Recent expedition to Kampot sites reports rare species presence

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Some of the species found during the expedition in Kampot by a team of scientists. SUPPLIED

The Kampot provincial environment department and a team of researchers from the Ministry of Environment have discovered a remarkable degree of biodiversity – include the presence of some of the most vulnerable, threatened and endangered species – following a recent scientific expedition to two protected sites: Luong Cave and Phnom Totong-Phnom Touch Natural Heritage Area.

The ministry said the biodiversity present there includes 12 species of mammals, 18 species of reptiles and eight species amphibians, of which three are critically endangered , two near extinction, and another two in the vulnerable group.

Back on January 22, the government issued separate sub-decrees establishing the two natural heritage sites in the eastern portion of Kampot, in a bid to protect their ecosystems, the beauty of their natural landscapes and other natural values.

The decrees designated 83.44ha across Dang Tong and Banteay Meas districts as “Phnom Totong-Phnom Touch Natural Heritage Area” and 25ha in Banteay Meas district’ Touk Meas Khang Lech commune as “Phnom Preah Kuhear Luong”, or “Luong Cave”.

The ministry said the research team also found many other species that are being scientifically identified, but some are thought to possibly be newly discovered species. They have collected samples for preservation and study as well.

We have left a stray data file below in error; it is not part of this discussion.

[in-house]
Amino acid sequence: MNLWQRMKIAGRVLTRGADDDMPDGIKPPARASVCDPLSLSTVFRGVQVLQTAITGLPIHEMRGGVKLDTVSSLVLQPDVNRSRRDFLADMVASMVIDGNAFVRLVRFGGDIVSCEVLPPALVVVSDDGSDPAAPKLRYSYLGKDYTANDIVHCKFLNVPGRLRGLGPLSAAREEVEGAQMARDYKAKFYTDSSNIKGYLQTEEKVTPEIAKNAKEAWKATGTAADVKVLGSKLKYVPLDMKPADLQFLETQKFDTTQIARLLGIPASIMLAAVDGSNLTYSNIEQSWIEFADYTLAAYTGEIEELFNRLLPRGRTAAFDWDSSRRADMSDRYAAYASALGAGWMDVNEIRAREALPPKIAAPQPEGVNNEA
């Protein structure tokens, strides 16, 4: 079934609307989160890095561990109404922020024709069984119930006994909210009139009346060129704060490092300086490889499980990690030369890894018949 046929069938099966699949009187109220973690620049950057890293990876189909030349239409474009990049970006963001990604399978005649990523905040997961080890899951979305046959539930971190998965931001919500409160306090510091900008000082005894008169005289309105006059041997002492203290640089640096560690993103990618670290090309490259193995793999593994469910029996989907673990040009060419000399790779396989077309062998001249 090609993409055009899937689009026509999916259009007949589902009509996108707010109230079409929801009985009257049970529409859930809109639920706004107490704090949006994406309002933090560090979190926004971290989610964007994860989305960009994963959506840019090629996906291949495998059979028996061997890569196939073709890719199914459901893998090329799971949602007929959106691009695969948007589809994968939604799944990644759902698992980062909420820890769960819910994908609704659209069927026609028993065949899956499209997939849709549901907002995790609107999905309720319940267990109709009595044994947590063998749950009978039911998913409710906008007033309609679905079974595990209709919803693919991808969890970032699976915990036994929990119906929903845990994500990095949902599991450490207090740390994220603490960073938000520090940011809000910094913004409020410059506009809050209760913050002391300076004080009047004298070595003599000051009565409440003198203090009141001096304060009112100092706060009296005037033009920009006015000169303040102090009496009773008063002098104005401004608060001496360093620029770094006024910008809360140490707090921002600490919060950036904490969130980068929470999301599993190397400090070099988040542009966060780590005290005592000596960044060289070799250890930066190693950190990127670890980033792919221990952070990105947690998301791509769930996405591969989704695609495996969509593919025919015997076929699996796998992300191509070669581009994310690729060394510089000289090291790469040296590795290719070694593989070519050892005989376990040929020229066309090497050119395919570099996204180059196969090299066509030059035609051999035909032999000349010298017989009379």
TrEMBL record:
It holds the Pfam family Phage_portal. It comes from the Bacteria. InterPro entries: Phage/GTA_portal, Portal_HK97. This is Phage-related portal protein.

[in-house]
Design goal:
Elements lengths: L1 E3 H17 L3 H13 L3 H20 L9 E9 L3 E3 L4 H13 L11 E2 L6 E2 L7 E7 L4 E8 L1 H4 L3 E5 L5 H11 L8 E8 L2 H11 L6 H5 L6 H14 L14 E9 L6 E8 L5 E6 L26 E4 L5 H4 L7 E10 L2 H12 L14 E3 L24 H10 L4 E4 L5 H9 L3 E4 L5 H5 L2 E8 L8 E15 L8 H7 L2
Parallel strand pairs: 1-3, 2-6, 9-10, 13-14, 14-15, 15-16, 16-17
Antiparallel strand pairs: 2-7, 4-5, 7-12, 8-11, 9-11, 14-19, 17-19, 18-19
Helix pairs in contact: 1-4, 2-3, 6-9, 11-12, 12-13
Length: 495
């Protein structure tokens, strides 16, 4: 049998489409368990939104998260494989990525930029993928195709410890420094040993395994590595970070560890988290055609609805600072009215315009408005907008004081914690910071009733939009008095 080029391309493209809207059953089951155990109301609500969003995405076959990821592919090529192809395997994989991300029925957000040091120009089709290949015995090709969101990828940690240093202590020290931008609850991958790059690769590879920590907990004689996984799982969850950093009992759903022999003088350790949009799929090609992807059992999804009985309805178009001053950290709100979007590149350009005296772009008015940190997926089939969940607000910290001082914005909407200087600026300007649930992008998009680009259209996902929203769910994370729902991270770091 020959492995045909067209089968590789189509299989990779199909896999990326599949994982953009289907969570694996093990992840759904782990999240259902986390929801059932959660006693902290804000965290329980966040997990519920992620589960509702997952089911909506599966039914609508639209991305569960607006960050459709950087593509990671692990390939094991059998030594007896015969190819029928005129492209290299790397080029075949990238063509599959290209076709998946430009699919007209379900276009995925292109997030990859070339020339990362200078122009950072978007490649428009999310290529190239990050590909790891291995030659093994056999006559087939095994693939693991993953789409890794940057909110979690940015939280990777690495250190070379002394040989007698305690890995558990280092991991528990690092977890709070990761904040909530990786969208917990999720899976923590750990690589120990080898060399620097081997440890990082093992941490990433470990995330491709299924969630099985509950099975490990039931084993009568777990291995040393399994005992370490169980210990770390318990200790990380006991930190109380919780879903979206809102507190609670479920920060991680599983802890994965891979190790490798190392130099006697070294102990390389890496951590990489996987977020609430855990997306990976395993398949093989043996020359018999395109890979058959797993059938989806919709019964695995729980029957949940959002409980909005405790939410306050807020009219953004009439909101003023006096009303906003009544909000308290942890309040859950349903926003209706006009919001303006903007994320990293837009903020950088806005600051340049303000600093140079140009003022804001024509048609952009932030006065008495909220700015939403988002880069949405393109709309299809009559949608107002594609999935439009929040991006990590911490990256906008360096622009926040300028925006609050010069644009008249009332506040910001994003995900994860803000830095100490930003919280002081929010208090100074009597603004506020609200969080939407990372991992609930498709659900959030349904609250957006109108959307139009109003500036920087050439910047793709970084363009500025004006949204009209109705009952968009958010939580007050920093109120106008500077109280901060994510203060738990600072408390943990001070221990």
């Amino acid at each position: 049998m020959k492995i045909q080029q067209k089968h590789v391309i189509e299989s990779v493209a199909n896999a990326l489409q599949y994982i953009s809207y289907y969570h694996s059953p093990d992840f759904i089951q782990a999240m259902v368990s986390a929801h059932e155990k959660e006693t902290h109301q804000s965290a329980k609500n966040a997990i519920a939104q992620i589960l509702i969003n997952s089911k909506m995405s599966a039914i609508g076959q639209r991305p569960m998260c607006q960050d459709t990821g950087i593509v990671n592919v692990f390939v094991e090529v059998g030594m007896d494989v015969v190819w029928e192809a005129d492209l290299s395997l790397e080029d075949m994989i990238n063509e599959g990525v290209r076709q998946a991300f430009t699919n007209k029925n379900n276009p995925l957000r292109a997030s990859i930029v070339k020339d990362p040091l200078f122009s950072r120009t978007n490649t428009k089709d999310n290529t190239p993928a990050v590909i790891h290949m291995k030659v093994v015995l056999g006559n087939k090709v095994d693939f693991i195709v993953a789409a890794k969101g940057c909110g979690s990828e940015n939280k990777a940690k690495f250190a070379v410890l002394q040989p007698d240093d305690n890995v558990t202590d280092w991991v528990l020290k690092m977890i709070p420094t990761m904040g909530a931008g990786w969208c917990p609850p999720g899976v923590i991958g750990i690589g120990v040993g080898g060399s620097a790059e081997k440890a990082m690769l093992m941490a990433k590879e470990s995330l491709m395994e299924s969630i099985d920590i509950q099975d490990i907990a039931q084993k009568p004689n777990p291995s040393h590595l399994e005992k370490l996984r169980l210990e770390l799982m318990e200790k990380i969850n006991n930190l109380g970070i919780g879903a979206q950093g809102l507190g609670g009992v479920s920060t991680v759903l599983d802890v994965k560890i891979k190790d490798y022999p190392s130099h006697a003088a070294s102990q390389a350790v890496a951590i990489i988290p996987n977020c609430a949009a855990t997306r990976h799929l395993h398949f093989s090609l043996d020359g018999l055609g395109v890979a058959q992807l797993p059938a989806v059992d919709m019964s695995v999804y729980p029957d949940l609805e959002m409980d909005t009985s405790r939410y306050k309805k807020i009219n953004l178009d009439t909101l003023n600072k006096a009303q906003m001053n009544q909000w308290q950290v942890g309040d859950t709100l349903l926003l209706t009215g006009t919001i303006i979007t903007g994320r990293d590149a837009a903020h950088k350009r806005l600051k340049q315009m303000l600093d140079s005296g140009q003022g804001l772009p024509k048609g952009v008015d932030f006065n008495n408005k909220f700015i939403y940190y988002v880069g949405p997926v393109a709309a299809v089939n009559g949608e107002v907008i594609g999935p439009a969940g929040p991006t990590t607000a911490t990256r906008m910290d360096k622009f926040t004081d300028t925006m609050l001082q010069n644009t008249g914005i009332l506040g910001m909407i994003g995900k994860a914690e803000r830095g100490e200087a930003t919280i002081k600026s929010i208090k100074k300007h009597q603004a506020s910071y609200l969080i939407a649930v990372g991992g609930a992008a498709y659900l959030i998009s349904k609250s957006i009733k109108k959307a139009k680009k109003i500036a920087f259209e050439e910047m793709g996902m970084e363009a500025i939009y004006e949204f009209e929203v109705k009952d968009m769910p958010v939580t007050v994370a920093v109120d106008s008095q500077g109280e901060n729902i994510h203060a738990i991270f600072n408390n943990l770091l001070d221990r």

It noted that the sites are also home to tens of thousands of insect-eating bats, which could produce bat guano that farmers could use as a natural fertiliser, with an estimated cost for the project set at $100,000 per year to operate.

Ministry spokesman Neth Pheaktra told The Post that the discovery of rare and even new species is to be expected in the course of scientific expeditions due to the incredible amount of biodiversity present in the Kingdom.

“It is not uncommon for Cambodia to serially find rare species, because it is widely recognised as a country rich in biodiversity with over 5,000 species already recorded,” he said.

“We need to study all of these species of plants and animals further in order to clearly identify for the next generation which species are extinct and which are still living so they can judge the health of Cambodia’s biodiversity accurately and continue to protect and conserve it for the next generation,” he added.

According to Pheaktra, the biodiversity index of Cambodia has a score of 7.5, but the true score may actually be higher depending on the research relied upon and what could turn out to be a large number of undocumented species.

He said Cambodia is known to have 123 species of mammals, 545 bird species, 88 reptile species, 2,308 vascular plant species, 874 fish species, 24 hard coral species, 14 soft coral species, 10 seagrass species and 63 amphibian species.